WSR 11-23-033

RULES OF COURT

STATE SUPREME COURT


[ November 3, 2011 ]

IN THE MATTER OF THE ADOPTION OF THE AMENDMENTS TO RPC 1.15A-SAFEGUARDING PROPERTY-NEW COMMENT 21 )

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ORDER

NO. 25700-A-987


The Washington State Bar Association having recommended the adoption of the proposed amendments to RPC 1.15A-Safeguarding Property-New Comment 21, and the Court having approved the proposed amendments for publication;

Now, therefore, it is hereby

ORDERED:

(a) That pursuant to the provisions of GR 9(g), the proposed amendments as shown below are to be published for comment in the Washington Reports, Washington Register, Washington State Bar Association and Administrative Office of the Court's websites in January 2012.

(b) The purpose statement as required by GR 9(e), is published solely for the information of the Bench, Bar and other interested parties.

(c) Comments are to be submitted to the Clerk of the Supreme Court by either U.S. Mail or Internet E-Mail by no later than April 30, 2012. Comments may be sent to the following addresses: P.O. Box 40929, Olympia, Washington 98504-0929, or Camilla.Faulk@courts.wa.gov. Comments submitted by e-mail message must be limited to 1500 words.

DATED at Olympia, Washington this 3rd day of November, 2011.
For the Court

Madsen, C.J.

CHIEF JUSTICE


Suggested Amendment

RULES OF PROFESSIONAL CONDUCT (RPC)

RPC 1.15A - Safeguarding Property

(Clarifying procedures for maintenance of client trust accounts when the lawyer receives electronic funds transfers)

Submitted by the Board of Governors of the Washington State Bar Association




Purpose: RPC 1.15A presently outlines the applicable procedures for maintenance of lawyer trust accounts. In the course of performing random audits on lawyer trust accounts, the WSBA Auditors sometimes encounter an issue for which there does not appear to be clear guidance under RPC 1.15A. The situation arises when lawyers invoice clients for services rendered and arrange to receive electronic payments directly from clients. The lawyers provide the routing numbers for the operating account in anticipation of being paid the amount owed for services rendered. In these situations, some clients overpay the invoice, resulting in client funds being deposited into the operating account.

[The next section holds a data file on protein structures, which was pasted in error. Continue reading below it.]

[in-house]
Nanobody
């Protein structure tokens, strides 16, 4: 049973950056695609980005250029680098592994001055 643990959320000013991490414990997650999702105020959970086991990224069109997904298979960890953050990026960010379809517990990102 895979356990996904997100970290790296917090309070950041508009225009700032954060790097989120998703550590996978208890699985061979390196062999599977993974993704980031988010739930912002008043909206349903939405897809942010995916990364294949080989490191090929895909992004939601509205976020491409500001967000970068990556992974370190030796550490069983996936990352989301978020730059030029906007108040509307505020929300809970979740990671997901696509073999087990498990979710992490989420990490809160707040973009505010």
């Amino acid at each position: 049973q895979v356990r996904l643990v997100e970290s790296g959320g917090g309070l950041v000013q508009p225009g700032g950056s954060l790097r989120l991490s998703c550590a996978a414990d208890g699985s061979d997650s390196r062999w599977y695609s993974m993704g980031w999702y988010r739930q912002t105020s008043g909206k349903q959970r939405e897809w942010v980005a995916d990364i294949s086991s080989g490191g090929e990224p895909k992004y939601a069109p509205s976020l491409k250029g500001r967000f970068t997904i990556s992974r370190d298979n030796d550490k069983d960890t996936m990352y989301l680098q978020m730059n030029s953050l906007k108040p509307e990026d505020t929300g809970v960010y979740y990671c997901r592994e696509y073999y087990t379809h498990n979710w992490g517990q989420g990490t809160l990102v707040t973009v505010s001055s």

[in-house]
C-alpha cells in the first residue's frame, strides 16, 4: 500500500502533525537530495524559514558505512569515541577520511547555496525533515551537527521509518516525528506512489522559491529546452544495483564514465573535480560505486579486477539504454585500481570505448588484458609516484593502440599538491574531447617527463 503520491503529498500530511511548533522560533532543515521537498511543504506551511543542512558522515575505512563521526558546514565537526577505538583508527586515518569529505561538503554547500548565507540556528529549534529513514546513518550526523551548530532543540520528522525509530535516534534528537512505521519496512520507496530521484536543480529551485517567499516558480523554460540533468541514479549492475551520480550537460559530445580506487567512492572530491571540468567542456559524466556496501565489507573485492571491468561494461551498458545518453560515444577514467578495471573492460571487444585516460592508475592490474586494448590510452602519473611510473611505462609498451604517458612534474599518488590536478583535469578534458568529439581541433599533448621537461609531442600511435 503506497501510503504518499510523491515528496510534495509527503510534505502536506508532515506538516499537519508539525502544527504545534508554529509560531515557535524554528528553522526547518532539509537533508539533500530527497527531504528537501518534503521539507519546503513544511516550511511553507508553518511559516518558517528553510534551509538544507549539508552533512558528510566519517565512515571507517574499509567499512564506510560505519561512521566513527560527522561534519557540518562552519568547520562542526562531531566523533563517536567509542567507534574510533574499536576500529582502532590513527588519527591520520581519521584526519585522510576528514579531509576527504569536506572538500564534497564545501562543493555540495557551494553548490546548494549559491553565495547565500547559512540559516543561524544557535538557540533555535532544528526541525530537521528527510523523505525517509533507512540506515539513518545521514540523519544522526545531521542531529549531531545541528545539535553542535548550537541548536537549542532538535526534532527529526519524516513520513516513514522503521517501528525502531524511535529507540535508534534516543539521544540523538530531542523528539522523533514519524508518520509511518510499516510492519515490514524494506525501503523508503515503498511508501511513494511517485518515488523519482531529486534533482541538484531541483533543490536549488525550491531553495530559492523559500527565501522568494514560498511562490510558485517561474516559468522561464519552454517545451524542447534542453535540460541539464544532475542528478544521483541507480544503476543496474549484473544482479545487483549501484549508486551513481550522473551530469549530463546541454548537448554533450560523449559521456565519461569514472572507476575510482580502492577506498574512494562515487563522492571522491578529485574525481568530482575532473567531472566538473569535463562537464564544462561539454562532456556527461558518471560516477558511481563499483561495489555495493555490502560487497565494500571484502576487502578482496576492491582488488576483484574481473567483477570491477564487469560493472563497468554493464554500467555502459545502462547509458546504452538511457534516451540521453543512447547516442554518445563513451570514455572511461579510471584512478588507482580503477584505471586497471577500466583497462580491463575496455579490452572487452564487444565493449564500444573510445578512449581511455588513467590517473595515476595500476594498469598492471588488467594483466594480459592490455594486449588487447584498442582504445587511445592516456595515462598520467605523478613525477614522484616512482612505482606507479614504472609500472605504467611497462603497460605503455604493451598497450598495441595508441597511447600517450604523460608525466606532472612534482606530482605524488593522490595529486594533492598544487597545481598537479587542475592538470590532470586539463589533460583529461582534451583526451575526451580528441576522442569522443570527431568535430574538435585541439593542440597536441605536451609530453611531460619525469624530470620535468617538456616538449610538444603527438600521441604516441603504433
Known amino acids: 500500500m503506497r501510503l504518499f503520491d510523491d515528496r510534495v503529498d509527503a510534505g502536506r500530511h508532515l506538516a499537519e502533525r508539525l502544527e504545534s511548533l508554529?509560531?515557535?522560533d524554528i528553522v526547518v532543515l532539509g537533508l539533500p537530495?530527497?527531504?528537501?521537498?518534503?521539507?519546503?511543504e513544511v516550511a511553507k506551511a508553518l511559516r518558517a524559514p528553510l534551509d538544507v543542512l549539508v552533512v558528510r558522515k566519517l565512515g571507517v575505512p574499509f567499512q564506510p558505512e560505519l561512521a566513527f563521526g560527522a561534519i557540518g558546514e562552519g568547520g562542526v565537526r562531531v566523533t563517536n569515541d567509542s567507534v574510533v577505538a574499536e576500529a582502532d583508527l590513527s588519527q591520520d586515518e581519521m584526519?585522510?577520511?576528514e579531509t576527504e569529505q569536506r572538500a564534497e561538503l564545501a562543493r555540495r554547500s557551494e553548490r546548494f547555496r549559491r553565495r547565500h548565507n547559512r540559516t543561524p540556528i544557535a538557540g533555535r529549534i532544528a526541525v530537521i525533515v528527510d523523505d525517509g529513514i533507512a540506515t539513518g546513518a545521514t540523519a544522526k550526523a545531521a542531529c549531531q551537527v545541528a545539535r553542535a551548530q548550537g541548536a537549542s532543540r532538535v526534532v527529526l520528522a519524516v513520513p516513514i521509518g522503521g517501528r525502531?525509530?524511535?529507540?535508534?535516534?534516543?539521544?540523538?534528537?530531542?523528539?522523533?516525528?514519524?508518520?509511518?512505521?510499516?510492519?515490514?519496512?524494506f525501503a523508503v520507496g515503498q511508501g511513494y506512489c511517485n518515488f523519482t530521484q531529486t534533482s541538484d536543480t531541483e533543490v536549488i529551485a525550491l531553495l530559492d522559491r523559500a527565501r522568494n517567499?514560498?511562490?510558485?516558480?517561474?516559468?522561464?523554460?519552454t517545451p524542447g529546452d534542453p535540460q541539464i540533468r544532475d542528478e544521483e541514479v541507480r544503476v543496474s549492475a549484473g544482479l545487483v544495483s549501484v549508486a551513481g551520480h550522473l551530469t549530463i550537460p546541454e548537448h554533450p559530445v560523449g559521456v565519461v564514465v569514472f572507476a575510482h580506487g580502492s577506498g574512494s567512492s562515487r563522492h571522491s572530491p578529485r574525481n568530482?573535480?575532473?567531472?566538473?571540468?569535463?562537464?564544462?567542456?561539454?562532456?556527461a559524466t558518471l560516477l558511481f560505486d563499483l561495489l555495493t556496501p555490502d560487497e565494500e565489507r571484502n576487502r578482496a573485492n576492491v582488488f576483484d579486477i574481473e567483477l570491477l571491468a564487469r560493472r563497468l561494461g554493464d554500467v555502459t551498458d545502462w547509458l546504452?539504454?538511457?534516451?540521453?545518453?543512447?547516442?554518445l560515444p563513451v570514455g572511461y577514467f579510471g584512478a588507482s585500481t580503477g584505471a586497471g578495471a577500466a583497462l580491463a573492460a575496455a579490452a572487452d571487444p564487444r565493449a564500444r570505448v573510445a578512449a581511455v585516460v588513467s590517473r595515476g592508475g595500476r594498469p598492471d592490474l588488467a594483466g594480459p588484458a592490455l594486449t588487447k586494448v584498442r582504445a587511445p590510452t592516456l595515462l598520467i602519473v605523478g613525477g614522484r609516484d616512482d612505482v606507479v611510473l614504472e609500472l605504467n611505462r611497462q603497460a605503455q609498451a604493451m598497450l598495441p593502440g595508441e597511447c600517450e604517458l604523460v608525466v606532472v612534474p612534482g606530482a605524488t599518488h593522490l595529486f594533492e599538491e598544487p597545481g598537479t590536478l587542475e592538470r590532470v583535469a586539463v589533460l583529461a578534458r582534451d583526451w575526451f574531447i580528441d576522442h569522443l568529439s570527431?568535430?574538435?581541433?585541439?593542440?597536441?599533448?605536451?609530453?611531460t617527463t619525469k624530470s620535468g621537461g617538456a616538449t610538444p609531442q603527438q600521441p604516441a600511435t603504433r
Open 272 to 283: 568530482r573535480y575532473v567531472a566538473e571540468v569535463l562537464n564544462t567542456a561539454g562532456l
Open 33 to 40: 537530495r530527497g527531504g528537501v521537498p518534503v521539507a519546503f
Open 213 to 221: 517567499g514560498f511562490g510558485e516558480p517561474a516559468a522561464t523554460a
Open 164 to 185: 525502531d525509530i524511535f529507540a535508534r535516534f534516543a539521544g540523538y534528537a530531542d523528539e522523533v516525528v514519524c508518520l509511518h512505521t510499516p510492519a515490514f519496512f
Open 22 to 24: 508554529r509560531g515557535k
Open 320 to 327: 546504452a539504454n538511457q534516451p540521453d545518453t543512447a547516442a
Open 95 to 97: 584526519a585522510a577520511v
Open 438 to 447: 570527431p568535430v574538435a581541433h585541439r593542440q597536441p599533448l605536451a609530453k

RPC 1.15A (h)(1)(ii) states that funds belonging in part to a client or third person and in part presently or potentially to the lawyer must be deposited and retained in a trust account, but any portion belonging to the lawyer must be withdrawn at the earliest reasonable time. In other words, when a client overpays an invoice, the lawyer must deposit the whole amount into the trust account, and then remove the portion that is earned once the deposit has cleared.

In the situation described herein, the lawyer does not know that an overpayment is coming until it is already deposited into the operating account, resulting in a situation that could be characterized as not in compliance with RPC 1.15A.

In the experience of WSBA auditors, such clients are typically large corporations with numerous departments involved in the processing of accounts payable. Generally speaking, when these situations have been detected in random audits, the lawyers have taken reasonable steps to ensure the client only pays the amount invoiced. Nevertheless, regardless of the lawyers efforts, many are in technical violation of RPC 1.15A (h)(1) and (h)(1)(ii).

The suggested Comment [21] to RPC 1.15A would provide guidance to the membership when presented with this specific scenario while still requiring strict adherence to RPC 1.15A. A comment would have the advantage of a narrative format without further complicating the rule structure of RPC 1.15A, or creating a more general exception to the RPC 1.15A requirements. However, a safe harbor in those limited instances where the client initiates the electronic funds transaction and overpays would be appropriate where, through no fault of the lawyer, an overpayment has been made.

While it is not typical that a client would unilaterally and erroneously place funds belonging to the lawyer into a trust account by electronic deposit, with the increasing prevalence of electronic banking transactions there are scenarios in which this could occur. The suggested comment is designed to address this situation as well.

Washington Comments

Comments [1] - [20] are unchanged.


[21] A unilateral deposit of funds belonging in part to a client or third party into a lawyer's non-trust account does not constitute a violation of paragraph (c) of this Rule if the lawyer promptly identifies the portion of the funds belonging to the client or third party, deposits those funds into a trust account, and notifies the client or third party of the deposit. A unilateral deposit of funds belonging in part to a lawyer into a trust account does not constitute a violation of paragraph (h) of this Rule if the lawyer promptly identifies the lawyer-owned funds and withdraws them from the trust account. For purposes of this provision, a unilateral deposit refers to funds deposited directly by a client or third party by means of electronic funds transfer where the lawyer has not directed, invited, or encouraged a deposit that would constitute a violation of this Rule and has taken reasonable precautions to prevent such a deposit.

Reviser's note: The brackets and enclosed material in the text of the above section occurred in the copy filed by the agency and appear in the Register pursuant to the requirements of RCW 34.08.040.

Washington State Code Reviser's Office